corvina

noun
cor·​vi·​na | \ kȯr-ˈvē-nə How to pronounce corvina (audio) \

Definition of corvina

: any of several marine bony fishes (genus Cynoscion of the family Sciaenidae) of the Pacific coast of North America

Examples of corvina in a Sentence

Recent Examples on the Web Second, many rosati are made from indigenous Italian grapes few people have heard of, like Bombino nero and corvina, so each glass is a lesson in viticulture and history. Adam H. Graham, Condé Nast Traveler, 30 Sep. 2021 There is also a raw bar serving oysters and stone crabs for market price as well as a corvina ceviche with fresh cut yucca and taro chips for $14. Rod Stafford Hagwood, sun-sentinel.com, 30 Oct. 2020 My whole life, my mom told me that the secret to good ceviche is Panamanian corvina. Patricia Azze, Bon Appétit, 5 Aug. 2020 There is also an everything ceviche, into which Mr. Caballero will toss the whole fish market: clams, mussels, octopus, squid, shrimp and corvina. Pete Wells, New York Times, 18 Feb. 2020 Valpolicella and Amarone are made from the same set of grapes, primarily corvina, along with rondinella and corvinone in subordinate roles. Eric Asimov, New York Times, 12 Mar. 2020 There is corvina ceviche made with the sweet-fleshed white fish preferred by Peruvians, and there is shrimp ceviche. Pete Wells, New York Times, 18 Feb. 2020 The cooking — sweet corvina kissed with lemon butter, bucatini tossed with pancetta and a kicky tomato sauce — is devoted to good ingredients, simply handled. Tom Sietsema, Washington Post, 10 Oct. 2019 The basic ceviches feature corvina from Panama, which tends to be a little chewier. Michael Mayo, sun-sentinel.com, 26 June 2019 See More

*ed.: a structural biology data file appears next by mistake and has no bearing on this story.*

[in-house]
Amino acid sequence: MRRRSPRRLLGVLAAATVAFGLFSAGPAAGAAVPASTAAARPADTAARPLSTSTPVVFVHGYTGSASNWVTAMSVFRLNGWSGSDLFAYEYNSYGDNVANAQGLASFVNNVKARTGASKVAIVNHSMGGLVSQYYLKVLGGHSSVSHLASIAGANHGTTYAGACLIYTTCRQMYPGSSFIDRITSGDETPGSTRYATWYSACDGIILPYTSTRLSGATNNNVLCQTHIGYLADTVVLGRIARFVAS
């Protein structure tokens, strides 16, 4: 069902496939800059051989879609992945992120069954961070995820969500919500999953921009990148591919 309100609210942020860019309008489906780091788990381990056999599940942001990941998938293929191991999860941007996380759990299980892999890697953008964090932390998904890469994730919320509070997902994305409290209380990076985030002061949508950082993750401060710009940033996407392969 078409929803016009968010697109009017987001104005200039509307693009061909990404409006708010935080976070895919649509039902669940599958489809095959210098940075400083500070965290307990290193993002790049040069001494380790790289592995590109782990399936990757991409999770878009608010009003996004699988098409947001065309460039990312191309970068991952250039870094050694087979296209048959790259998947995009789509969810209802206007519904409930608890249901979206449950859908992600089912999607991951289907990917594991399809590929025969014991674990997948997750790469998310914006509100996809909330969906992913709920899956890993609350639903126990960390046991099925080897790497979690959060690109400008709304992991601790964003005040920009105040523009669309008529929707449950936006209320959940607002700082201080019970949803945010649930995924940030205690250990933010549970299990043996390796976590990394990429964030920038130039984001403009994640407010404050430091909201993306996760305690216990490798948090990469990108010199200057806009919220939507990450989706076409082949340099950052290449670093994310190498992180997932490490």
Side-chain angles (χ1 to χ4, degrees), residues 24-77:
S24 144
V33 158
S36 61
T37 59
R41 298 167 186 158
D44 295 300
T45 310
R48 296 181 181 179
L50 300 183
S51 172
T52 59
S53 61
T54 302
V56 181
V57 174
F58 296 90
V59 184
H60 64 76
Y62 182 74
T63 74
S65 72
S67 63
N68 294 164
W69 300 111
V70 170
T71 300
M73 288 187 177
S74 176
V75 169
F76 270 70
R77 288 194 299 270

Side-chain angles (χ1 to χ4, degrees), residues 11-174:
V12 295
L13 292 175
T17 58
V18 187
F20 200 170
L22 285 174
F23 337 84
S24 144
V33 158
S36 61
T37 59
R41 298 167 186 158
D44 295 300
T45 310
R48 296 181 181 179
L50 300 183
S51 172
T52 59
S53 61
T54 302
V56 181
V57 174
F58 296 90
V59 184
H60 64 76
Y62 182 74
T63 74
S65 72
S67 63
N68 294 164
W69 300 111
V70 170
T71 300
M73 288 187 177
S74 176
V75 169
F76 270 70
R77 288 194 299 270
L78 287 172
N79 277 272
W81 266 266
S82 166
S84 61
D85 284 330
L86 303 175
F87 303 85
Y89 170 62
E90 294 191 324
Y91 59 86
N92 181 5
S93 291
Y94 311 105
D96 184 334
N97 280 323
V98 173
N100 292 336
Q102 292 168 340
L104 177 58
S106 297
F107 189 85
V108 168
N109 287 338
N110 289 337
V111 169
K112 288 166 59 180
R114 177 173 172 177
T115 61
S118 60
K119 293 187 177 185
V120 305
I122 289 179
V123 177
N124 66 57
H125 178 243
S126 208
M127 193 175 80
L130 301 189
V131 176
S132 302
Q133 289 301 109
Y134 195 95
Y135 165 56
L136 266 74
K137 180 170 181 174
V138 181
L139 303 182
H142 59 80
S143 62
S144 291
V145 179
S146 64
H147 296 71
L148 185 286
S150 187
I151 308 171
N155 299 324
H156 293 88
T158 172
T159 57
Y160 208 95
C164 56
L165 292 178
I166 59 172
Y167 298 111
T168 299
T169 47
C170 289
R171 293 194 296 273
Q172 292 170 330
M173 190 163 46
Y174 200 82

These example sentences are selected automatically from various online news sources to reflect current usage of the word 'corvina.' Views expressed in the examples do not represent the opinion of Merriam-Webster or its editors. Send us feedback.

First Known Use of corvina

1787, in the meaning defined above

History and Etymology for corvina

borrowed from American Spanish — more at corbina

Learn More About corvina

Time Traveler for corvina

Time Traveler

The first known use of corvina was in 1787

See more words from the same year

Dictionary Entries Near corvina

corviform

corvina

corvine

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Statistics for corvina

Cite this Entry

“Corvina.” Merriam-Webster.com Dictionary, Merriam-Webster, https://www.merriam-webster.com/dictionary/corvina. Accessed 5 Jul. 2022.

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